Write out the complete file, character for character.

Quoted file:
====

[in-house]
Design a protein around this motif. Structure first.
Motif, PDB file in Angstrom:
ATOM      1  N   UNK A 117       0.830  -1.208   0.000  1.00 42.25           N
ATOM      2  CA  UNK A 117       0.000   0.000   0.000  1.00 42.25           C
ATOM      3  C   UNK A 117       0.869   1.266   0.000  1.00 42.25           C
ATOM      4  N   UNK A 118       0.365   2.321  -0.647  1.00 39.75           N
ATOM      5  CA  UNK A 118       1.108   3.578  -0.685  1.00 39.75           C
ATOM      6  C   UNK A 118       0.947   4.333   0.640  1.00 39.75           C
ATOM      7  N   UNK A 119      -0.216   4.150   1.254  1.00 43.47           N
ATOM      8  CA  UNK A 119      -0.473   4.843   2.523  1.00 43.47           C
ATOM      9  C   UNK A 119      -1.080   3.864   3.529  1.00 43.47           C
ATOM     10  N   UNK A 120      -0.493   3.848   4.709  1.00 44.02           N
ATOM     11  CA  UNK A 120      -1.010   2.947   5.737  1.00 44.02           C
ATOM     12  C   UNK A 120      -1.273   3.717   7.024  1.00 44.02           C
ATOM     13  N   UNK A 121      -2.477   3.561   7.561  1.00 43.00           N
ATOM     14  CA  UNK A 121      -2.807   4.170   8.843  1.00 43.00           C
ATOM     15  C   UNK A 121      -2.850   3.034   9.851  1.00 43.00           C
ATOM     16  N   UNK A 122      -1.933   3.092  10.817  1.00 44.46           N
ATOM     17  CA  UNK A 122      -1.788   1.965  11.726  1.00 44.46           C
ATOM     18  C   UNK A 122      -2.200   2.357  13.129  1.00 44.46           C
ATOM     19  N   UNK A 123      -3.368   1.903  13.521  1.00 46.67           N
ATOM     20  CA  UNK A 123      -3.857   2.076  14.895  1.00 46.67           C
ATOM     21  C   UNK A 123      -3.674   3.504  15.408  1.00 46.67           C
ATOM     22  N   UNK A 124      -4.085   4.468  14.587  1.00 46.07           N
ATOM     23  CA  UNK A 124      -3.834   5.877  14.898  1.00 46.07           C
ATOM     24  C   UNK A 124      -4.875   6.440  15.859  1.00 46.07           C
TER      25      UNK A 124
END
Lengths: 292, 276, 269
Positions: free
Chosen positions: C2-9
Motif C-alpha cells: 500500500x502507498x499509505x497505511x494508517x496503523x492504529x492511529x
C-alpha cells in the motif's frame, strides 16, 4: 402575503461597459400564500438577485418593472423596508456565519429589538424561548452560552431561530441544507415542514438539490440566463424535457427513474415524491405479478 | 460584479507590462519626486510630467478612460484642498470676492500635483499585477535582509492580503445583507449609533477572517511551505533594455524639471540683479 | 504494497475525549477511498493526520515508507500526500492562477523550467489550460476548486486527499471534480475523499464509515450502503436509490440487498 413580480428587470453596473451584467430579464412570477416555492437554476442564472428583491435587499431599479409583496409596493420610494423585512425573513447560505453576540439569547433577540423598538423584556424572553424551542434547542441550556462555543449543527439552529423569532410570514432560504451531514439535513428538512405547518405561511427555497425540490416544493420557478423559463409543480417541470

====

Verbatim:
[in-house]
Design a protein around this motif. Structure first.
Motif, PDB file in Angstrom:
ATOM      1  N   UNK A 117       0.830  -1.208   0.000  1.00 42.25           N
ATOM      2  CA  UNK A 117       0.000   0.000   0.000  1.00 42.25           C
ATOM      3  C   UNK A 117       0.869   1.266   0.000  1.00 42.25           C
ATOM      4  N   UNK A 118       0.365   2.321  -0.647  1.00 39.75           N
ATOM      5  CA  UNK A 118       1.108   3.578  -0.685  1.00 39.75           C
ATOM      6  C   UNK A 118       0.947   4.333   0.640  1.00 39.75           C
ATOM      7  N   UNK A 119      -0.216   4.150   1.254  1.00 43.47           N
ATOM      8  CA  UNK A 119      -0.473   4.843   2.523  1.00 43.47           C
ATOM      9  C   UNK A 119      -1.080   3.864   3.529  1.00 43.47           C
ATOM     10  N   UNK A 120      -0.493   3.848   4.709  1.00 44.02           N
ATOM     11  CA  UNK A 120      -1.010   2.947   5.737  1.00 44.02           C
ATOM     12  C   UNK A 120      -1.273   3.717   7.024  1.00 44.02           C
ATOM     13  N   UNK A 121      -2.477   3.561   7.561  1.00 43.00           N
ATOM     14  CA  UNK A 121      -2.807   4.170   8.843  1.00 43.00           C
ATOM     15  C   UNK A 121      -2.850   3.034   9.851  1.00 43.00           C
ATOM     16  N   UNK A 122      -1.933   3.092  10.817  1.00 44.46           N
ATOM     17  CA  UNK A 122      -1.788   1.965  11.726  1.00 44.46           C
ATOM     18  C   UNK A 122      -2.200   2.357  13.129  1.00 44.46           C
ATOM     19  N   UNK A 123      -3.368   1.903  13.521  1.00 46.67           N
ATOM     20  CA  UNK A 123      -3.857   2.076  14.895  1.00 46.67           C
ATOM     21  C   UNK A 123      -3.674   3.504  15.408  1.00 46.67           C
ATOM     22  N   UNK A 124      -4.085   4.468  14.587  1.00 46.07           N
ATOM     23  CA  UNK A 124      -3.834   5.877  14.898  1.00 46.07           C
ATOM     24  C   UNK A 124      -4.875   6.440  15.859  1.00 46.07           C
TER      25      UNK A 124
END
Lengths: 292, 276, 269
Positions: free
Chosen positions: C2-9
Motif C-alpha cells: 500500500x502507498x499509505x497505511x494508517x496503523x492504529x492511529x
C-alpha cells in the motif's frame, strides 16, 4: 402575503461597459400564500438577485418593472423596508456565519429589538424561548452560552431561530441544507415542514438539490440566463424535457427513474415524491405479478 | 460584479507590462519626486510630467478612460484642498470676492500635483499585477535582509492580503445583507449609533477572517511551505533594455524639471540683479 | 504494497475525549477511498493526520515508507500526500492562477523550467489550460476548486486527499471534480475523499464509515450502503436509490440487498 413580480428587470453596473451584467430579464412570477416555492437554476442564472428583491435587499431599479409583496409596493420610494423585512425573513447560505453576540439569547433577540423598538423584556424572553424551542434547542441550556462555543449543527439552529423569532410570514432560504451531514439535513428538512405547518405561511427555497425540490416544493420557478423559463409543480417541470